Owning the Podium

Much of Ottawa’s current discussion about high rises focusses on the podium, or base of the building. In theory, the wider larger base is all the pedestrian sees, and the thin elegant glass tower floats off into the sky after a generous set back.

Of course, this requires a fairly large lot or thin tower. What we increasingly see are small lot edifices, where either the tower is too fat for the base, or the podium effect is just sort of drawn onto the tower by a few horizontal bits of concrete trim. I stopped recently to look at the successfully done podium and tower condos at Richmond-Roosevelt, the western entrance to the Westboro commercial strip. For these buildings, the pedestrian view really is primarily of the podium. And the commercial spaces on the bottom floors really do enliven the streetscape. Podiums can work.

When the tower+podium design is not on a commercial mainstreet, it is common for neighbours and the city to demand that the podium consist of townhouse-type units. Supposedly these animate the street or courtyard level by the comings and goings of the residents and visitors. In fact, most times these apartments are also connected to the internal building corridors, and since the whole project is predicated on making corridors short with easy access to the garages and common facilities, these exterior doors become somewhat unused. Fake, in fact.

Unused ground level doors. When the internal corridor is more attractive to residents …

There is a major economic issue with these townhouse units. They are built out of concrete, just like the high rise above. This makes them very expensive per square foot, compared to freestanding townhouses. So the townhouse units on the Claridge podiums on LeBreton Flats got converted to one and two bedroom regular apartments.

Much was made of the Soho Champagne condo towers having a lively, townhouse base suitable and attractive for families. Alas that fantasy of little kids playing along the multi-user paths has also gone poof, as none of the townhouse units sold, and they have all been converted into one and two bedroom apartment condos, albeit with ground level “balconies” or patios. Now called “pathway suites” they are selling:

This set me to wondering if the condo developers really mind. Maybe they just want to sell the square feet of space. There is no point proposing a building that doesn’t get approved, nor of building a building if it doesn’t sell. So if the planners want them to put in townhouse units, draw them in. And keep in mind that they just may need to be changed to something else further down the line. And the neighbours who thought they won a big victory by insisting on townhouses, they may never notice.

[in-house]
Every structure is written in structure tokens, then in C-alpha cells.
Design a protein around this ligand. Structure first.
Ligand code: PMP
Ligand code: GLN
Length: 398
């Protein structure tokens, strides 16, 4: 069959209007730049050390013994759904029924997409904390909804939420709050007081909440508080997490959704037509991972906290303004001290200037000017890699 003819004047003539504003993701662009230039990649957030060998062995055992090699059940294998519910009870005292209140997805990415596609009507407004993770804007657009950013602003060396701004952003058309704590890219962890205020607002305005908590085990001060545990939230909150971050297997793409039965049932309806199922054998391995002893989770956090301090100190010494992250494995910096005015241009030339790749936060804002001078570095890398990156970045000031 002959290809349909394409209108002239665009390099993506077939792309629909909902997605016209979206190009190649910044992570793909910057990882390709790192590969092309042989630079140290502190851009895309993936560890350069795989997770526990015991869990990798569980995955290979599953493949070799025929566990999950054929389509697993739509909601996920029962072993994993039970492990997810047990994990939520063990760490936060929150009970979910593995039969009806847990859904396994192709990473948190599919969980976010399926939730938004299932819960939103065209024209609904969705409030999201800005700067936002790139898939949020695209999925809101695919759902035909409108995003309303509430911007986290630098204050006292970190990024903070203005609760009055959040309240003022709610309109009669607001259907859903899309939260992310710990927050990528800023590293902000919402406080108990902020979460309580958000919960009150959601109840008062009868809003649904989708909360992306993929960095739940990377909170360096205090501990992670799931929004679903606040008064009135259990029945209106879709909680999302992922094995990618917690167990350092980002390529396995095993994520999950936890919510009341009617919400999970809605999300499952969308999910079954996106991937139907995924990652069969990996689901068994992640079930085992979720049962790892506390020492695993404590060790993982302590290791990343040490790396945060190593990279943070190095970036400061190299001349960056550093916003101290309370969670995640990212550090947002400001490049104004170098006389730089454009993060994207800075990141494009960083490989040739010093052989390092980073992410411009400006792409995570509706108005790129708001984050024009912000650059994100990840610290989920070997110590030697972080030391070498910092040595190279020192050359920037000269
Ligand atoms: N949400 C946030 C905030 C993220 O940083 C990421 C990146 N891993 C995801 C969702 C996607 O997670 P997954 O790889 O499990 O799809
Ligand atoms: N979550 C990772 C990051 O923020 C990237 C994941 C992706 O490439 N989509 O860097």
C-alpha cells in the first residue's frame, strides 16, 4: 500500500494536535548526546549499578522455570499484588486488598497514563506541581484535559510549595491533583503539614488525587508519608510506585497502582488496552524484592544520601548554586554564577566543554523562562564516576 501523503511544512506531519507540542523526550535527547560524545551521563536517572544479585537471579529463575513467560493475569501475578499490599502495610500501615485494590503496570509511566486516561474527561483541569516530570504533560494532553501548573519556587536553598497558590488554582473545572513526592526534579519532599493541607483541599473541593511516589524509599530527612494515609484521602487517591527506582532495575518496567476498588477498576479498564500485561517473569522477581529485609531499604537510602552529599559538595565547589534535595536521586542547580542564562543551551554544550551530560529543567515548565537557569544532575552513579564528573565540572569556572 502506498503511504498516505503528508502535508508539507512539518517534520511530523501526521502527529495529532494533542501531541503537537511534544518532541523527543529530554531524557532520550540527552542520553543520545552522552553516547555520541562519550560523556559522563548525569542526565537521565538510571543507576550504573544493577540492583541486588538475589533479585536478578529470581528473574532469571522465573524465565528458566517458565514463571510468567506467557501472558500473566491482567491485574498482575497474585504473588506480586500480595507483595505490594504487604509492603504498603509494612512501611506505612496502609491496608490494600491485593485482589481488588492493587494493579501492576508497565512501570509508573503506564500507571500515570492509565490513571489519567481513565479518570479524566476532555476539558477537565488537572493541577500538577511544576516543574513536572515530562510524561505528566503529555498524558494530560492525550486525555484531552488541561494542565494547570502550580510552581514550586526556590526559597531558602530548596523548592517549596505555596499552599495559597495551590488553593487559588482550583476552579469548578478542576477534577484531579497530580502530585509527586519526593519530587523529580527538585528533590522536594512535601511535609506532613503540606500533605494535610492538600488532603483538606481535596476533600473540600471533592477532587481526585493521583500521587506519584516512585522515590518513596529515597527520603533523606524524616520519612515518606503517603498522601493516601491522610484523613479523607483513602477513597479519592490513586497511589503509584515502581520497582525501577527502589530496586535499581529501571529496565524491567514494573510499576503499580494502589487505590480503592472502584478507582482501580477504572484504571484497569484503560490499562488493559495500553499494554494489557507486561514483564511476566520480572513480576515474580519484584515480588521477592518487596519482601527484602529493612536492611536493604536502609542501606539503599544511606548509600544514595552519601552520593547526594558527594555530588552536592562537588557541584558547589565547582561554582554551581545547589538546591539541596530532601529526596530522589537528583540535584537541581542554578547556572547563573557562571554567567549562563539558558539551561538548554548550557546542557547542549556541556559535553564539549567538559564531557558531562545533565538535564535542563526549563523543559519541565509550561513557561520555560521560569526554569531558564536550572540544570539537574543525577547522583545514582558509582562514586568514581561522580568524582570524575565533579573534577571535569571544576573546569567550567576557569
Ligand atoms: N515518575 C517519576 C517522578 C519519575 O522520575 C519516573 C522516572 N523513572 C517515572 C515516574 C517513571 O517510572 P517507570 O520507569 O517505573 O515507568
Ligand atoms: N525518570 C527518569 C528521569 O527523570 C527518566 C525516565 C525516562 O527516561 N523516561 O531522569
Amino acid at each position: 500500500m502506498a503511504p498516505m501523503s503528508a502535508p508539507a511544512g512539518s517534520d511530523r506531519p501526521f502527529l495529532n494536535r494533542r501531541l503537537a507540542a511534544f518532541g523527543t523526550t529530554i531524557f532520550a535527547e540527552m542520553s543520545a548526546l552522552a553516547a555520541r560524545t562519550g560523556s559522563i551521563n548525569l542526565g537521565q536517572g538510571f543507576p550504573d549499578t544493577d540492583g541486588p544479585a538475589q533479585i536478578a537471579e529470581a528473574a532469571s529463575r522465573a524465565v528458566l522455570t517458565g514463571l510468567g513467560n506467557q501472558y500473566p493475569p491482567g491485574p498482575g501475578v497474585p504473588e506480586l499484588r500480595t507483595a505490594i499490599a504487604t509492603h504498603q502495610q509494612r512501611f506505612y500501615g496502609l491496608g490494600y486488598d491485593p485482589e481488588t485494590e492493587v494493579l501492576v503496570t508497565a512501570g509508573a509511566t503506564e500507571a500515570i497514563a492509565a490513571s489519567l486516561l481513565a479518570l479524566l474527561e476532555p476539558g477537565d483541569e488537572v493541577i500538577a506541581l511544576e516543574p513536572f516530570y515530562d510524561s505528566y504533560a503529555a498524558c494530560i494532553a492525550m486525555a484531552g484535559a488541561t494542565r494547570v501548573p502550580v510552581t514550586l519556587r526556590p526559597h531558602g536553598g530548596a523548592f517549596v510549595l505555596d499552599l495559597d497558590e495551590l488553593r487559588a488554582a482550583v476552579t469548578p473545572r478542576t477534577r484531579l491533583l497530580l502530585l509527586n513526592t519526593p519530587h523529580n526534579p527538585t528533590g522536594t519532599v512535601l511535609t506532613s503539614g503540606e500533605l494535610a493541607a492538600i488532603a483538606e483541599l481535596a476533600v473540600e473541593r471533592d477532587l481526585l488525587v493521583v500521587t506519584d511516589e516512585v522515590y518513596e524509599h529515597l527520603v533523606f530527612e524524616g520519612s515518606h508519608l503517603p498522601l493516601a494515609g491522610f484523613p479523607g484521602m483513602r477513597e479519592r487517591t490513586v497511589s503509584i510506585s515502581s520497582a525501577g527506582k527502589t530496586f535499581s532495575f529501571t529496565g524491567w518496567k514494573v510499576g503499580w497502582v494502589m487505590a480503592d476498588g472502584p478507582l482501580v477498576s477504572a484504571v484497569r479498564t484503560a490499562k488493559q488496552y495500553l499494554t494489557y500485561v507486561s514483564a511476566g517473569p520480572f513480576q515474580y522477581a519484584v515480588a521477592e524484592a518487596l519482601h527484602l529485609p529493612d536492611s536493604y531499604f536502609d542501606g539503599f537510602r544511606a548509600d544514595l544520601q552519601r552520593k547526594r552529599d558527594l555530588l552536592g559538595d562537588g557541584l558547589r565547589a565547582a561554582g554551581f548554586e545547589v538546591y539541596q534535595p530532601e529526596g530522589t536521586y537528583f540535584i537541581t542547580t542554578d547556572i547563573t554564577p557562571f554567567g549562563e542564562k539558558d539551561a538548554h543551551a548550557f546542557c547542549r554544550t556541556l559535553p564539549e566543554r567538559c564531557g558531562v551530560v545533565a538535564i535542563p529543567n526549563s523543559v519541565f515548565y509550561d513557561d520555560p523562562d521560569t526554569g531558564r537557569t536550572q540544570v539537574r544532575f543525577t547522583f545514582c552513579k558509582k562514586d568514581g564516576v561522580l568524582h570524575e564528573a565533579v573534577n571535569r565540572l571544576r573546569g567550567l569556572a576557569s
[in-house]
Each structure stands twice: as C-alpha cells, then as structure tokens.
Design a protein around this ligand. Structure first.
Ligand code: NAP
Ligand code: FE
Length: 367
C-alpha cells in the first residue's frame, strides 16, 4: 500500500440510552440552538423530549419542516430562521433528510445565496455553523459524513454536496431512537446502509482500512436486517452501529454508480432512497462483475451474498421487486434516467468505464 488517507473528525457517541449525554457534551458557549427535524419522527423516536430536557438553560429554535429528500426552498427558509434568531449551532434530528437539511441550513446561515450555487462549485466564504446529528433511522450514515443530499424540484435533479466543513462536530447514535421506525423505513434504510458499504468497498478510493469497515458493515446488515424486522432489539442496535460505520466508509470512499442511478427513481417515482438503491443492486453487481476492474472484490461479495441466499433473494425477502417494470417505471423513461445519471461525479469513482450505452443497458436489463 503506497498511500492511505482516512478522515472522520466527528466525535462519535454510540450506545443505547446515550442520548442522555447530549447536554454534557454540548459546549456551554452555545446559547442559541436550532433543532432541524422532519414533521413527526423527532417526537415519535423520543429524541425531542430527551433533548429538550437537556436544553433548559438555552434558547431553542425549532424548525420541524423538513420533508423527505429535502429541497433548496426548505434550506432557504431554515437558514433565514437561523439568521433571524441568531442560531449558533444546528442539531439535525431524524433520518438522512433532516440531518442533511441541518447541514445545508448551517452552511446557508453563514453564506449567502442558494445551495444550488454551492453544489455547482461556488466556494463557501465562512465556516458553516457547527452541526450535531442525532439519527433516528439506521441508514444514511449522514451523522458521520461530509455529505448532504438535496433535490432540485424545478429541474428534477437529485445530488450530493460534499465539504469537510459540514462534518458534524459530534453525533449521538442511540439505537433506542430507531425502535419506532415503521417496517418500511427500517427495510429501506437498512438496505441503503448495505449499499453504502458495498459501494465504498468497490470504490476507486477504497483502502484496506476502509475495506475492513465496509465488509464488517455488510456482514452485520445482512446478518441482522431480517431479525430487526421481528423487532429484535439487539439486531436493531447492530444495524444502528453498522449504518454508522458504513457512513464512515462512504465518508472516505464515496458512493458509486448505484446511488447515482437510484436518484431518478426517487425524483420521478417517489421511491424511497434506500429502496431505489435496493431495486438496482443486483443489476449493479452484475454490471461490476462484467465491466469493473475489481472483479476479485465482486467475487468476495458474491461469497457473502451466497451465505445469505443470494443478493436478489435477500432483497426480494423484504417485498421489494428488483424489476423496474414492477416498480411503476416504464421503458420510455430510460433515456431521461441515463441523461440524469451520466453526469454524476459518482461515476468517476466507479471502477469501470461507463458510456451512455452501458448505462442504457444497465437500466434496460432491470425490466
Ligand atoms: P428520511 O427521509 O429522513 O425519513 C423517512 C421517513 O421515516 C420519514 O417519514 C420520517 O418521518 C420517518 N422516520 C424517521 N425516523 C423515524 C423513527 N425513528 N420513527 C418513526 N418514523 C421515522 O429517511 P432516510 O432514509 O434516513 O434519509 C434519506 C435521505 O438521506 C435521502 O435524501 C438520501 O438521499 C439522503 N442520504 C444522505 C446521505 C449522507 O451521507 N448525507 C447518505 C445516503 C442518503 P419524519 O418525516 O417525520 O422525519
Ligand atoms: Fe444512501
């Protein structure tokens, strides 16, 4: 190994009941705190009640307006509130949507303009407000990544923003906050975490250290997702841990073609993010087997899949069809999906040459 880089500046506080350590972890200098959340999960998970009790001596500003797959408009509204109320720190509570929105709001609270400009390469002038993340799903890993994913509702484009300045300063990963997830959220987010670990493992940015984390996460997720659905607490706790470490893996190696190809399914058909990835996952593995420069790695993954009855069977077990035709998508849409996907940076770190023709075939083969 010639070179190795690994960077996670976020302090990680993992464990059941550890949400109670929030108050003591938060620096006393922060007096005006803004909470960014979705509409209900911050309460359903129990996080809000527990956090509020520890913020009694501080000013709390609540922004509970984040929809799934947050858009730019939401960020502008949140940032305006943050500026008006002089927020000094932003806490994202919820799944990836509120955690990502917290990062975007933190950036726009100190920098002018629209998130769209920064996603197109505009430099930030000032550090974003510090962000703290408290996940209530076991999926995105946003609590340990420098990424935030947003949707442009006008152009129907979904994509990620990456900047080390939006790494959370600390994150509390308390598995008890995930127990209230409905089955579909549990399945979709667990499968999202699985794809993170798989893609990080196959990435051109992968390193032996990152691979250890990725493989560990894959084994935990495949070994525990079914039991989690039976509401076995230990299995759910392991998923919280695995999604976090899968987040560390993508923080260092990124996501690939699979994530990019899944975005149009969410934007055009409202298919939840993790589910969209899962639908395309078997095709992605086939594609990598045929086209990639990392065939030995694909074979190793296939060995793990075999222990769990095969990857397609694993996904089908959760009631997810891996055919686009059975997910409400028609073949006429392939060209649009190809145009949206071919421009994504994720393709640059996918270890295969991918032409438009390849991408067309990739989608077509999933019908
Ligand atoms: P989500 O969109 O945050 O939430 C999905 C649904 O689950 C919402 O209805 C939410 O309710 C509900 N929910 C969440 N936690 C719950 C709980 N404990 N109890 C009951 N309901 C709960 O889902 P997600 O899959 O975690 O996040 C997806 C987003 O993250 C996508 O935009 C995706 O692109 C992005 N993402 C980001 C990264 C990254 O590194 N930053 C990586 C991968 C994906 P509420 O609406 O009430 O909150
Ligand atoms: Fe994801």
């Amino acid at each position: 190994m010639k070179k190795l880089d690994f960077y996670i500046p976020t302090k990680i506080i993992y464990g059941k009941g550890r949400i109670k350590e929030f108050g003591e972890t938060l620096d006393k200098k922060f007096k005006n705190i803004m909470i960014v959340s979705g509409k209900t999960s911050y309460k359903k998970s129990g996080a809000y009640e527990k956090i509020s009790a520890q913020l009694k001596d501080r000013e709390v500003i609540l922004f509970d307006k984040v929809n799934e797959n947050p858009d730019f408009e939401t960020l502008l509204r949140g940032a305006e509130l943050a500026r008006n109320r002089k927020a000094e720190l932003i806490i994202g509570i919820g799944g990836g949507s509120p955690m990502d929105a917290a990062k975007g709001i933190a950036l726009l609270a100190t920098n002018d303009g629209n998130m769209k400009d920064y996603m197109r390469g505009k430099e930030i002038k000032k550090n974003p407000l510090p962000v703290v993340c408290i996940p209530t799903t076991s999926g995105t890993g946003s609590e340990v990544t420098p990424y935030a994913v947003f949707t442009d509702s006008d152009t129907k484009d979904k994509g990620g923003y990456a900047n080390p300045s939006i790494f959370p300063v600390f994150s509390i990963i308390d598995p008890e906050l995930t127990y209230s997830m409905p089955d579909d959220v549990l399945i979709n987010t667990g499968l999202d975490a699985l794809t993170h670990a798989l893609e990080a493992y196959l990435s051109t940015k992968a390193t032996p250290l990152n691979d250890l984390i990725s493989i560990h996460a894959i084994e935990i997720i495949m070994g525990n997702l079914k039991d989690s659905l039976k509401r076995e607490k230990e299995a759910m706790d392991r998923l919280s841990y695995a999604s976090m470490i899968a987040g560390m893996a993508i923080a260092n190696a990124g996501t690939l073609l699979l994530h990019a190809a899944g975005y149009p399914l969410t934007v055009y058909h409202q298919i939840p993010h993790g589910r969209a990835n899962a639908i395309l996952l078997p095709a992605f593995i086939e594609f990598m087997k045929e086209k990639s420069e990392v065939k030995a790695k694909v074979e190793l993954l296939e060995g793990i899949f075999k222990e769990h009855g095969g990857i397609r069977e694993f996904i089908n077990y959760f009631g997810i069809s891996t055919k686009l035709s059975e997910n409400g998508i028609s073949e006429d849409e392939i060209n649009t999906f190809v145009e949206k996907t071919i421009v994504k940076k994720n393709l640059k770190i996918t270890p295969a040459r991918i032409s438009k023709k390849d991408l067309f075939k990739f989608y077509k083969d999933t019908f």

Succumbing to cynicism, I expect condo promoters to market  their next project will have three bedroom family-sized apartments. This will mollify the NIMBYs somewhat. Get approval. Oops, they don’t sell. Reconfigure.

Somehow the planning promise of podiums is getting a bit nightmarish.


5 thoughts on “Owning the Podium

  1. Who is buying 650 sq ft places for 330k+parking+fees? The market for these boxes is ridiculous, I don’t get it.

    1. Well, somebody who wants a smallish place to live is buying it. Their other choice, to be in this neighborhood, is to buy a single home ($500,000+ to a million dollars, plus) or a row house in the $400,000+ range. The few rows available in mid-threes are definitely for those who like replacing knob and tube wiring and otherwise fixing up the property. But, if you are not inclined to be a fixer upper, new apts are the most –maybe the only — affordable option. And parking is optional — remember that when you buy a ground level house with a garage, you are paying at least 30,000 for that garage, plus $40 a month in additional property taxes, plus reroofing the garage periodically, etc. Someone I know in this neighborhood had to remove a garage and his insurance payout was over $50k.
      Go to Realtor.ca and call up the map for Dalhousie or Hintinburg or Westboro and start looking at the (asking) prices. You will find the odd cheapy, but otherwise be prepared for sticker shock.

  2. So I guess the rule for planning purposes is that if the townhouse has access to an internal corridor it isn’t really going to be a townhouse. So can they even make a floor level apartment that doesn’t have access to an internal corridor or is there a fire department regulation saying you must have two different exits at opposite ends of the apartment.

  3. My rule of thumb is, it is best to have only doors to the outside, no corridor. The CCOC apts down by the Y have ground floor units with no internal corridor, so people do actually come and go from the functioning front porch.

  4. I have heard that Canada Post requires that the mail boxes for street-level town homes are inside the building, I.e. no door-to-door or community boxes on the street. The residents then require a corridor access, of course.

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